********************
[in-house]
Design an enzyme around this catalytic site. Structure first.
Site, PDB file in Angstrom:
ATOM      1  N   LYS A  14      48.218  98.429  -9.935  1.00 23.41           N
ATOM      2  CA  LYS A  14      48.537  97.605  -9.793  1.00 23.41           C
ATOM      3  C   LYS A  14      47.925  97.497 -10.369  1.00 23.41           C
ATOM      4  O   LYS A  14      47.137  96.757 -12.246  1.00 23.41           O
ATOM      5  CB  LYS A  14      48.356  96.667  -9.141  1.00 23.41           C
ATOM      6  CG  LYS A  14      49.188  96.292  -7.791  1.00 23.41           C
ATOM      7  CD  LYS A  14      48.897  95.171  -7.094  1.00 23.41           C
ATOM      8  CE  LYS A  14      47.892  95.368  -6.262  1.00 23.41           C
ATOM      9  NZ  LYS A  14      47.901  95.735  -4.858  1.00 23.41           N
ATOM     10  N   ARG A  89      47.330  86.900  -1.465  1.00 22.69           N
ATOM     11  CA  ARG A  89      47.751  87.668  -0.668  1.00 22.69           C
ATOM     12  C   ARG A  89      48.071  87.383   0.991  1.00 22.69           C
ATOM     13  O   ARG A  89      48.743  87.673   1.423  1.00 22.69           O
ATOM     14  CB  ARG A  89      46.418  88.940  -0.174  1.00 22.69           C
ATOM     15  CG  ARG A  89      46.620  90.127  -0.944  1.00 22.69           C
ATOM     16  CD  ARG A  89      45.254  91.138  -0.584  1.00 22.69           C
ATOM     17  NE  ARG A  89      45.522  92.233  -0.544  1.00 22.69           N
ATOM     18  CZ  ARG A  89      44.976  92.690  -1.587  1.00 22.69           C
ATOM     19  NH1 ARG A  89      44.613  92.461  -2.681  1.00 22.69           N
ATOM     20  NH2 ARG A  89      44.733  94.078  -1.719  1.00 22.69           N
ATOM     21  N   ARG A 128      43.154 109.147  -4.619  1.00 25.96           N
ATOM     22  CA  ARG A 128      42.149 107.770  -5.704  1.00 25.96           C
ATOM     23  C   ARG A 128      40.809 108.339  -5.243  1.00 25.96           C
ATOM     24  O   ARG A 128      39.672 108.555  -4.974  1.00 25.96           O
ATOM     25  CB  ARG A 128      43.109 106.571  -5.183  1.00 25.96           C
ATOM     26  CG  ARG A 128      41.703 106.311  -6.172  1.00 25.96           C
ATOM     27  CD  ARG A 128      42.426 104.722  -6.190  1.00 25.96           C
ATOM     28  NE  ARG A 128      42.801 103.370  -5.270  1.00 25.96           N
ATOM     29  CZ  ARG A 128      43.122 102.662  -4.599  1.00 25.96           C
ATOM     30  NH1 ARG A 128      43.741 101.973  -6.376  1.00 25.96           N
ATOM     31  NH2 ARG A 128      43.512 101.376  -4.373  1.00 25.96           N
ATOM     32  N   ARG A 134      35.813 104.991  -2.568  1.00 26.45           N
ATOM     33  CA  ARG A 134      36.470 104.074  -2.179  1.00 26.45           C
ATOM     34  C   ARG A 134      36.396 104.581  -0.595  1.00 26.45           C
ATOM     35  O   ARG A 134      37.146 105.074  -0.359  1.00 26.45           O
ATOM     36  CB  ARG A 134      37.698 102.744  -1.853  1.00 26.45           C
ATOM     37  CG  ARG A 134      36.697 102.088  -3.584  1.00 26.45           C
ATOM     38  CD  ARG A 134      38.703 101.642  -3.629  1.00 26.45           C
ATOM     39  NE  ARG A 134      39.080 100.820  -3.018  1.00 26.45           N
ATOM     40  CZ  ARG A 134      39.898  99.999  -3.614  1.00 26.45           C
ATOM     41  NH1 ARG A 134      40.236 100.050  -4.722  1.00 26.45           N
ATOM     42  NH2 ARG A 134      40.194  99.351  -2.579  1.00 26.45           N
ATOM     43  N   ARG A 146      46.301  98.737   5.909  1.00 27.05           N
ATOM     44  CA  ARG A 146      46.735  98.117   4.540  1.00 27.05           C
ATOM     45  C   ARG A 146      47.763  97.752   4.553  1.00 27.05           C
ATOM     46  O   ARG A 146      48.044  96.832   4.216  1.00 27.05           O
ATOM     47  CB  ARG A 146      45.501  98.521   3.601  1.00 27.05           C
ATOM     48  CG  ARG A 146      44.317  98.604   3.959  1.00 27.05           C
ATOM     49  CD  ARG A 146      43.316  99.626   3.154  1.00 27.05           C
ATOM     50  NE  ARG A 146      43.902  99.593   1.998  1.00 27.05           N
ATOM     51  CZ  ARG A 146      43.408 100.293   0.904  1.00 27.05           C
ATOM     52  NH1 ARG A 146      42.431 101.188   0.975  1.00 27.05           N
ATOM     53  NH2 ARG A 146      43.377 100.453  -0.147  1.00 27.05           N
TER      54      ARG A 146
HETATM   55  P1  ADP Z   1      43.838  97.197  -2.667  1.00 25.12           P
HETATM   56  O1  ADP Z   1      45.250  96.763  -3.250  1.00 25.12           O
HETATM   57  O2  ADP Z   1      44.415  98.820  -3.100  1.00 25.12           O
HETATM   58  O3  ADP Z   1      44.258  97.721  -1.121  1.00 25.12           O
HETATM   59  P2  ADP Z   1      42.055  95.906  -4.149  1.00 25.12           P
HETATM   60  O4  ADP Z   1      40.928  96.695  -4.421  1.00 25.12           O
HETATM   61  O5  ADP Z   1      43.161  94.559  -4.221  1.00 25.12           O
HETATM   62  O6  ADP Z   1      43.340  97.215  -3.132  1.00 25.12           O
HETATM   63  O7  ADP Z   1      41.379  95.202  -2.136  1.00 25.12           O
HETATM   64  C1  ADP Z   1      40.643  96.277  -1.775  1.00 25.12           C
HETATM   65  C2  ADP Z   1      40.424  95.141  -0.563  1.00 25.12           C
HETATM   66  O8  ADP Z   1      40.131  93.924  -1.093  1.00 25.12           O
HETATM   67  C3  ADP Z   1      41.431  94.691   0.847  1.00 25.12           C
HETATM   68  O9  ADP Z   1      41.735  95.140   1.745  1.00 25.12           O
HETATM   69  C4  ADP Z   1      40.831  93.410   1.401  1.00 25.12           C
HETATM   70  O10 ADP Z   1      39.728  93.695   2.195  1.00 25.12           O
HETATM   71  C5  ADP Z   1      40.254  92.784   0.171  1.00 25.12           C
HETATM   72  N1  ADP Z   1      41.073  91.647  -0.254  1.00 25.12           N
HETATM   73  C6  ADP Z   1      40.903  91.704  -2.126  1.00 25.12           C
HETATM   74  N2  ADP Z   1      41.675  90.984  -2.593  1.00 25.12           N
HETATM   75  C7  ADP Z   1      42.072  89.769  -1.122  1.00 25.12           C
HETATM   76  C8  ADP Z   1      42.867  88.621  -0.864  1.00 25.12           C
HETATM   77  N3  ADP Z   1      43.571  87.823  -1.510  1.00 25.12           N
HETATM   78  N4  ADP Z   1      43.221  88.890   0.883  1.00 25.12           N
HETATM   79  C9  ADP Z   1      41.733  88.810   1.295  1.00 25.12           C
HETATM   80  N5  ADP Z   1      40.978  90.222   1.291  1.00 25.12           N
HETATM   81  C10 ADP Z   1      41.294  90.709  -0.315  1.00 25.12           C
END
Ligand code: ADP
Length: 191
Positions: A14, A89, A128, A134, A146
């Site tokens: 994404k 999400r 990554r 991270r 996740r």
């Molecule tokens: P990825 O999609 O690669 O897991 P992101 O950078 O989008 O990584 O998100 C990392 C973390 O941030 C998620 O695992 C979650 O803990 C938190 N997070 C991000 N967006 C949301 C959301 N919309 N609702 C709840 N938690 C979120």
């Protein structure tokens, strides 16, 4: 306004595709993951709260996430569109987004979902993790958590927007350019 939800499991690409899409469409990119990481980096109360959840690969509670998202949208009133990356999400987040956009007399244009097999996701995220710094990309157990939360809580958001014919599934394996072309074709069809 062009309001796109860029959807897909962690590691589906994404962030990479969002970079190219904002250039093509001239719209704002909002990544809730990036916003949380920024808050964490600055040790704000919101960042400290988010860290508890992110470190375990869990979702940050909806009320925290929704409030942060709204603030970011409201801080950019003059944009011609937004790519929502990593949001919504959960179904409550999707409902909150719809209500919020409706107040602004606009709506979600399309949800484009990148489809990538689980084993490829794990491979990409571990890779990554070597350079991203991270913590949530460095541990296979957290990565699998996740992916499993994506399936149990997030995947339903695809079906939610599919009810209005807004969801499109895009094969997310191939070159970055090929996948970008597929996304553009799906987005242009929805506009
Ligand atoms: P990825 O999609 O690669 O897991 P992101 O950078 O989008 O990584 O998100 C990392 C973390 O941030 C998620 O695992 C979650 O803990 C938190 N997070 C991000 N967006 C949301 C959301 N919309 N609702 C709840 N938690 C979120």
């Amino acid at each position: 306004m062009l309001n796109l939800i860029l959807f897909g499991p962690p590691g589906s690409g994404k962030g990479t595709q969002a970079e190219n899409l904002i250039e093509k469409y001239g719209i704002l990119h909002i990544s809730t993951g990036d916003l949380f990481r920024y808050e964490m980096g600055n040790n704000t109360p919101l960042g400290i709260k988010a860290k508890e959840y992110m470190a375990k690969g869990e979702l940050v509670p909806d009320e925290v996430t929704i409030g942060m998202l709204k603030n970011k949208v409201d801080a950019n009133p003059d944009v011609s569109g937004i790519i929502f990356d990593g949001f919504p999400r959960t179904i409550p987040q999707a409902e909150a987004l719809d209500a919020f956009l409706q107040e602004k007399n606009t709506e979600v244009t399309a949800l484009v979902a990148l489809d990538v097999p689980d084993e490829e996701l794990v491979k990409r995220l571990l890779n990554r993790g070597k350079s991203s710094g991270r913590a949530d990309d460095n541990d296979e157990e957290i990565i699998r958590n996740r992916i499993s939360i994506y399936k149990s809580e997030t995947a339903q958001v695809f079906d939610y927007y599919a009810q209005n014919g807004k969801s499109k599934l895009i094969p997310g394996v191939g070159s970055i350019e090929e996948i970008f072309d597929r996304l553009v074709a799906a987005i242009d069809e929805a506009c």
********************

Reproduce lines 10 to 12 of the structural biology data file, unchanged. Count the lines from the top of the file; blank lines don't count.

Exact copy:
ATOM      7  CD  LYS A  14      48.897  95.171  -7.094  1.00 23.41           C
ATOM      8  CE  LYS A  14      47.892  95.368  -6.262  1.00 23.41           C
ATOM      9  NZ  LYS A  14      47.901  95.735  -4.858  1.00 23.41           N